-Speaking of rebellion, I used toasted sesame oil as more than just a “drizzle-on-at-the-end” seasoning agent in this stir-fry. If you’ve read about it on my Pantry page, you’ll know that I don’t generally recommend cooking with toasted sesame oil because of its low smoke point. But it’s really only heated for a short period of time here – no high-heat frying or anything like that – and definitely adds a wonderful layer of flavor to this stir-fry. In fact, I highly recommend using Kadoya brand sesame oil if you can get ahold of it – it is far and away the most flavorful toasted sesame oil I have tried.
-I’ve filed this recipe under “Grain-Free” because bean thread noodles generally do not have any grains in them – but if this is a concern for you, be sure to read the ingredients when choosing your bean threads! Mine are made from mung bean and potato.
Rebellious Tofu and Bean Thread Stir-Fry
- 3 tablespoons neutrally-flavored vegetable oil (I used grapeseed)
- 8 ounces green beans, roughly cut into thirds
- 1 large red pepper, cut into thin strips (about 1 cup red pepper strips)
- 15 ounces extra firm tofu, cubed
- 2 tablespoons gluten-free tamari
- 1 tablespoon + 2 teaspoons toasted sesame oil
- 1 tablespoon minced ginger
- 2 cloves of garlic, minced
- 1 tablespoon coconut aminos
- 2 cups cooked bean thread noodles, cut into manageable pieces
- Your favorite chili paste, to serve (optional)
Heat 1 tablespoon of the vegetable oil in a stainless steel skillet over medium-high heat. Add the green beans. Cook the green beans, stirring only occasionally, until browned and shriveled, about six minutes. Add the pepper and cook about 2 minutes more. Remove veggies from pan and set aside.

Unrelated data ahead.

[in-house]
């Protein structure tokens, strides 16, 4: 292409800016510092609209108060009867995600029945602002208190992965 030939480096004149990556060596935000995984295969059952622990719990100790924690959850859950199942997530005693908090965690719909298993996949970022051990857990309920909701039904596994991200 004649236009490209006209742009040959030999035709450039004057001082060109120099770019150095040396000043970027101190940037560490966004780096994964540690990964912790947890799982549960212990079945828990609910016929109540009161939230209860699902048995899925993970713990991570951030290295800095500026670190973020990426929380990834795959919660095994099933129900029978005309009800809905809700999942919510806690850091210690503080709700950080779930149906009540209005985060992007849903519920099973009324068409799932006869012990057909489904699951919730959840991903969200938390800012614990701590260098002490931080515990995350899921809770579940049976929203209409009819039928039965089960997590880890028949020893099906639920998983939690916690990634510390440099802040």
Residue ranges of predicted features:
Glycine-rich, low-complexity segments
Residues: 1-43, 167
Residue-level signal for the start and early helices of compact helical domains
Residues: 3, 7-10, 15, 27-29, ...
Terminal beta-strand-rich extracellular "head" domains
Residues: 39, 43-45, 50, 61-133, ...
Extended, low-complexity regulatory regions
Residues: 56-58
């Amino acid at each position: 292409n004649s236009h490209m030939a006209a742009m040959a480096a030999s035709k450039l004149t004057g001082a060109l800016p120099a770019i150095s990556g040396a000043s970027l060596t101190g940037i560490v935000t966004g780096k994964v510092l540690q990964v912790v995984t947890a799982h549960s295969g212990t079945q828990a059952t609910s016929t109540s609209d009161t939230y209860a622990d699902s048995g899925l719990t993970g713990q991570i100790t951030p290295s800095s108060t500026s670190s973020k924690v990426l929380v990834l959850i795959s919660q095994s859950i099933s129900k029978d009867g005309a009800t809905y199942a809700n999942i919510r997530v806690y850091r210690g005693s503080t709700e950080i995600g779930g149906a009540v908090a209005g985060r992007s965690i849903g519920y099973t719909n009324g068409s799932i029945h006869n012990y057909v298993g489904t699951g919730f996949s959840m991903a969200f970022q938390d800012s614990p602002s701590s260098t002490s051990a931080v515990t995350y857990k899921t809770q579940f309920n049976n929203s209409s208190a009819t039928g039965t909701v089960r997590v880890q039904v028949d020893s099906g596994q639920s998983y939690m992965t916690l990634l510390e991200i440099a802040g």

Heat the remaining 2 tablespoons of vegetable oil in the same pan. Add the tofu in a single layer and let it cook for 2 minutes without stirring. Then add 1 tablespoon of the tamari and use a metal spatula to unstick the tofu from the pan. (Don’t worry if some crispy parts separate from the rest of the tofu – all these crispy bits will go into your final dish and create a wonderful textural – and flavor-packed – element!) Cook for 4-5 minutes more, until nice and browned, stirring more frequently now, and continuing to use your spatula to unstick stuck pieces.
Turn into a bowl (I plopped mine into my cooked bean threads) and use your spatula to unstick any remaining crispy bits from the bottom of the pan and turn them into the bowl (see picture).
In the same pan (which should now be relatively clean after your spatula work), heat the sesame oil. Add the ginger and cook for 1-2 minutes, then add the garlic and cook for 30 seconds to a minute more. Add the remaining tablespoon of gluten-free tamari – it will sizzle and thicken immediately. Turn the heat down to low right away and add the coconut aminos. Immediately add the tofu, bean threads, and veggies and stir to coat everything in the sauce you’ve made. Serve with your favorite chili paste.